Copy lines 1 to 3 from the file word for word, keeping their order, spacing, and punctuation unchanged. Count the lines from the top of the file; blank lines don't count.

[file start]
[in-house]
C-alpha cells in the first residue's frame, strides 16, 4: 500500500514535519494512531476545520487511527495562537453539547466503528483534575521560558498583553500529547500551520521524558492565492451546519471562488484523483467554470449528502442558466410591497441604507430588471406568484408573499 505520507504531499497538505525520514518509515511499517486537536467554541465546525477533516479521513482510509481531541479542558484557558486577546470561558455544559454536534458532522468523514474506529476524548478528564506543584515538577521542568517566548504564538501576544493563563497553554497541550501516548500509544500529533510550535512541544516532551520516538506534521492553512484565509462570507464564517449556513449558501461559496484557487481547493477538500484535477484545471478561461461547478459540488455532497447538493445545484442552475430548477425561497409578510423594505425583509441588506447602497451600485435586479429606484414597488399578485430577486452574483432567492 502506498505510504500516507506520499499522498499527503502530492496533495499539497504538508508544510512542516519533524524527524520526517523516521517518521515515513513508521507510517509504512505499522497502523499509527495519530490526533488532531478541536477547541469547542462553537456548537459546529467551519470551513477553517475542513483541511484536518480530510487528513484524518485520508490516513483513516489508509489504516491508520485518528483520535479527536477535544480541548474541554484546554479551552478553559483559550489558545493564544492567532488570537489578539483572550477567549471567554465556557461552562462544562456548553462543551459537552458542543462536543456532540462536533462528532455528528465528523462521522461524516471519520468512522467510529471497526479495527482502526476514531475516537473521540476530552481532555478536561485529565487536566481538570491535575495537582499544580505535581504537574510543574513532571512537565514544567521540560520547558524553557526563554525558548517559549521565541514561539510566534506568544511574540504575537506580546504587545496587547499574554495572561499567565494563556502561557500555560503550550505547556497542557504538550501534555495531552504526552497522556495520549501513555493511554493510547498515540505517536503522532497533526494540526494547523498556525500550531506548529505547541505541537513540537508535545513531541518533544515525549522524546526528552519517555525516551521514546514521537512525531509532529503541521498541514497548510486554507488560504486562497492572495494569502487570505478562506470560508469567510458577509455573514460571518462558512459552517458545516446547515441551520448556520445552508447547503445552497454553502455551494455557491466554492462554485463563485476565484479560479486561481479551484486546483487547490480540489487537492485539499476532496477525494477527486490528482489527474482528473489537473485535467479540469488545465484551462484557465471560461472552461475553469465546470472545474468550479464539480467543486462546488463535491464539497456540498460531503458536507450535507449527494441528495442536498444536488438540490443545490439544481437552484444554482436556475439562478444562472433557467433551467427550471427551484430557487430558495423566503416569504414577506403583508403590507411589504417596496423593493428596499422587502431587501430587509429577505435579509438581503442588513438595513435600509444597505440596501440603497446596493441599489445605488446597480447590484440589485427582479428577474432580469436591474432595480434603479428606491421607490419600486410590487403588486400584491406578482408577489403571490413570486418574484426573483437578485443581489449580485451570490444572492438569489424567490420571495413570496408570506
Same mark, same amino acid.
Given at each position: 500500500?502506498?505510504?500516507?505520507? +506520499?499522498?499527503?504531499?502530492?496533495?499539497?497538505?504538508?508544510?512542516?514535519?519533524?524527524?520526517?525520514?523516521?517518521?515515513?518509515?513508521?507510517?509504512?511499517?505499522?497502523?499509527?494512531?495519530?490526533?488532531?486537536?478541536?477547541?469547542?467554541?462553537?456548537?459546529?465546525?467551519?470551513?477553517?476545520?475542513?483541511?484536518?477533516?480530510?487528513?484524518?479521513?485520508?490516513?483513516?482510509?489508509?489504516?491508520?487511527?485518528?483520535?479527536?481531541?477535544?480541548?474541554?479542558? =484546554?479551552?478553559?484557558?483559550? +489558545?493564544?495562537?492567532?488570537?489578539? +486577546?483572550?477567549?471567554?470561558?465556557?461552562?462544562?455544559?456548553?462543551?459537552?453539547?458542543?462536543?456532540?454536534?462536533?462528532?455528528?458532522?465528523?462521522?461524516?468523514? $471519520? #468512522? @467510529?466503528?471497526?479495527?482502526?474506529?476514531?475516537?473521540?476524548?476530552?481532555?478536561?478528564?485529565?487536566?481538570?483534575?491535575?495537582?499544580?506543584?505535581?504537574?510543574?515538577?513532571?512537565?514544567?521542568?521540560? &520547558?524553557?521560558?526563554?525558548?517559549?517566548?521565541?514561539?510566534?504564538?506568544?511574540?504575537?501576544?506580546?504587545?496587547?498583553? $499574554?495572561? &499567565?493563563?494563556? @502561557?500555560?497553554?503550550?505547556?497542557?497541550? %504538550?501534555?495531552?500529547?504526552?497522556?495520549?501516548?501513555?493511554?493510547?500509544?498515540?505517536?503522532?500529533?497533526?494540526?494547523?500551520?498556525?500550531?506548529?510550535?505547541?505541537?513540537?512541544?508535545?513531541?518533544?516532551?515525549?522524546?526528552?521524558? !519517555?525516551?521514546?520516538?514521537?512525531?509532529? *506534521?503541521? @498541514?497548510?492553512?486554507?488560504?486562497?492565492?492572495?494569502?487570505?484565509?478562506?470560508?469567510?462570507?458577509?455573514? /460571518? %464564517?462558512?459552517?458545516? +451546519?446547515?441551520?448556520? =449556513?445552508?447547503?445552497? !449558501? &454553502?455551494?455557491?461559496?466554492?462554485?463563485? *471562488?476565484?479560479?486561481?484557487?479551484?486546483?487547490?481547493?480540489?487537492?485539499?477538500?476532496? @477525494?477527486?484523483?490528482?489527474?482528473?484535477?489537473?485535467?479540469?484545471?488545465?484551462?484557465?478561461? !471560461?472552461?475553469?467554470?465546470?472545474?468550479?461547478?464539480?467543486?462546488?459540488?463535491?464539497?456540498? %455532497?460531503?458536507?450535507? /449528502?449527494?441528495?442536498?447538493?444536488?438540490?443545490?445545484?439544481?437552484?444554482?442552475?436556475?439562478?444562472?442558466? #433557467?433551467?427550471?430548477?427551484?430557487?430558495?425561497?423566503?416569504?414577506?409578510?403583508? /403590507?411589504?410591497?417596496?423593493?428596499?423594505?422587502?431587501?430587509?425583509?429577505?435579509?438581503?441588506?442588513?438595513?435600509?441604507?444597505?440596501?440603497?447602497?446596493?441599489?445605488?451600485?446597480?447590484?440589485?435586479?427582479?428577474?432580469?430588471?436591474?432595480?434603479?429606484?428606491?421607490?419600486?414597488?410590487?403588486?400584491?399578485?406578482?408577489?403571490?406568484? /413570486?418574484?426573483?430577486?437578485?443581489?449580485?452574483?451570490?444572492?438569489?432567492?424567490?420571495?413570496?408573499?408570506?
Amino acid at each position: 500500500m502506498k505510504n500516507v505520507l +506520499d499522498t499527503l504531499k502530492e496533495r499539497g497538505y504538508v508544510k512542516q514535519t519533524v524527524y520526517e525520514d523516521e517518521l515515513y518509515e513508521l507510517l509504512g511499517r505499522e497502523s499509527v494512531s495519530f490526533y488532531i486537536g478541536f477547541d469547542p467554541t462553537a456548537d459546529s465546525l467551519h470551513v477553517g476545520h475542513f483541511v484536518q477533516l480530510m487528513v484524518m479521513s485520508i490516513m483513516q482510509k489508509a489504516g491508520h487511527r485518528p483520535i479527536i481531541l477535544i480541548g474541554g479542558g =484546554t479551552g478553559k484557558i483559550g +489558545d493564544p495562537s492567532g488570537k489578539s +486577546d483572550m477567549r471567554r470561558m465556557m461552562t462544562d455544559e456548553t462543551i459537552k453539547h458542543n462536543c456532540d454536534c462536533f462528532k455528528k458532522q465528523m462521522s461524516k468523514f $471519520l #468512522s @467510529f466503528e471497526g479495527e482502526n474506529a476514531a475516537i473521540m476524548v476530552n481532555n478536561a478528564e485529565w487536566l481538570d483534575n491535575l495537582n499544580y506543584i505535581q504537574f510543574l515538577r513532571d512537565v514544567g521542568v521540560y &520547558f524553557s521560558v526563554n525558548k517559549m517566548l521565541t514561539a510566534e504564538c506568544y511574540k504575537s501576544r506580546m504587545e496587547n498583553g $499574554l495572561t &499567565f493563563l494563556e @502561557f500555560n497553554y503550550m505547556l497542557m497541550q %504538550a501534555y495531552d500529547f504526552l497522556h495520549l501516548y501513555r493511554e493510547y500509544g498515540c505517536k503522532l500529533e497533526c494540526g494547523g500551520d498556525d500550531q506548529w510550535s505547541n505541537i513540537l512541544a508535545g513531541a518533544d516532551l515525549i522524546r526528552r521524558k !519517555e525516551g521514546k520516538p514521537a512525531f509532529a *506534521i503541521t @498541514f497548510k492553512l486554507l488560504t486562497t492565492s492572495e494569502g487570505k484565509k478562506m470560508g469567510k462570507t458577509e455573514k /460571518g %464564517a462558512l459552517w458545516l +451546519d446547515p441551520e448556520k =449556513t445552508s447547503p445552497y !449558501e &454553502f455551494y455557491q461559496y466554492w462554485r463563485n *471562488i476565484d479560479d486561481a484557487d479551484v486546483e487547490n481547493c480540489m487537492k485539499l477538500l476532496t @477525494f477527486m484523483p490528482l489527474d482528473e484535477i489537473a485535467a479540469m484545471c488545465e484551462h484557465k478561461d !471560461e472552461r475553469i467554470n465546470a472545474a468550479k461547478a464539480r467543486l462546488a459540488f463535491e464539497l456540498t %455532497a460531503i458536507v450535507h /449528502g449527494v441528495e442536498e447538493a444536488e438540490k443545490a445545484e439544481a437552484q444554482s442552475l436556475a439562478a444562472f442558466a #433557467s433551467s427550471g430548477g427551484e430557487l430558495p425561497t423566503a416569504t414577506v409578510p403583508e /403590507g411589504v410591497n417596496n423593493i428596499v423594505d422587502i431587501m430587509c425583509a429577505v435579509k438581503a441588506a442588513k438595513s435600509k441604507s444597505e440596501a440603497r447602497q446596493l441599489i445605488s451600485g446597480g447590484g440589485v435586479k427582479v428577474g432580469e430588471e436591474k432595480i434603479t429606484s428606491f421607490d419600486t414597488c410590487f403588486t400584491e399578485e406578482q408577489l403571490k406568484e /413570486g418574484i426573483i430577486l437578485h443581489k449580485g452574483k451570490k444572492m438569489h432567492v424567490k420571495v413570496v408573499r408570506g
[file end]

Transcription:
[in-house]
C-alpha cells in the first residue's frame, strides 16, 4: 500500500514535519494512531476545520487511527495562537453539547466503528483534575521560558498583553500529547500551520521524558492565492451546519471562488484523483467554470449528502442558466410591497441604507430588471406568484408573499 505520507504531499497538505525520514518509515511499517486537536467554541465546525477533516479521513482510509481531541479542558484557558486577546470561558455544559454536534458532522468523514474506529476524548478528564506543584515538577521542568517566548504564538501576544493563563497553554497541550501516548500509544500529533510550535512541544516532551520516538506534521492553512484565509462570507464564517449556513449558501461559496484557487481547493477538500484535477484545471478561461461547478459540488455532497447538493445545484442552475430548477425561497409578510423594505425583509441588506447602497451600485435586479429606484414597488399578485430577486452574483432567492 502506498505510504500516507506520499499522498499527503502530492496533495499539497504538508508544510512542516519533524524527524520526517523516521517518521515515513513508521507510517509504512505499522497502523499509527495519530490526533488532531478541536477547541469547542462553537456548537459546529467551519470551513477553517475542513483541511484536518480530510487528513484524518485520508490516513483513516489508509489504516491508520485518528483520535479527536477535544480541548474541554484546554479551552478553559483559550489558545493564544492567532488570537489578539483572550477567549471567554465556557461552562462544562456548553462543551459537552458542543462536543456532540462536533462528532455528528465528523462521522461524516471519520468512522467510529471497526479495527482502526476514531475516537473521540476530552481532555478536561485529565487536566481538570491535575495537582499544580505535581504537574510543574513532571512537565514544567521540560520547558524553557526563554525558548517559549521565541514561539510566534506568544511574540504575537506580546504587545496587547499574554495572561499567565494563556502561557500555560503550550505547556497542557504538550501534555495531552504526552497522556495520549501513555493511554493510547498515540505517536503522532497533526494540526494547523498556525500550531506548529505547541505541537513540537508535545513531541518533544515525549522524546526528552519517555525516551521514546514521537512525531509532529503541521498541514497548510486554507488560504486562497492572495494569502487570505478562506470560508469567510458577509455573514460571518462558512459552517458545516446547515441551520448556520445552508447547503445552497454553502455551494455557491466554492462554485463563485476565484479560479486561481479551484486546483487547490480540489487537492485539499476532496477525494477527486490528482489527474482528473489537473485535467479540469488545465484551462484557465471560461472552461475553469465546470472545474468550479464539480467543486462546488463535491464539497456540498460531503458536507450535507449527494441528495442536498444536488438540490443545490439544481437552484444554482436556475439562478444562472433557467433551467427550471427551484430557487430558495423566503416569504414577506403583508403590507411589504417596496423593493428596499422587502431587501430587509429577505435579509438581503442588513438595513435600509444597505440596501440603497446596493441599489445605488446597480447590484440589485427582479428577474432580469436591474432595480434603479428606491421607490419600486410590487403588486400584491406578482408577489403571490413570486418574484426573483437578485443581489449580485451570490444572492438569489424567490420571495413570496408570506
Same mark, same amino acid.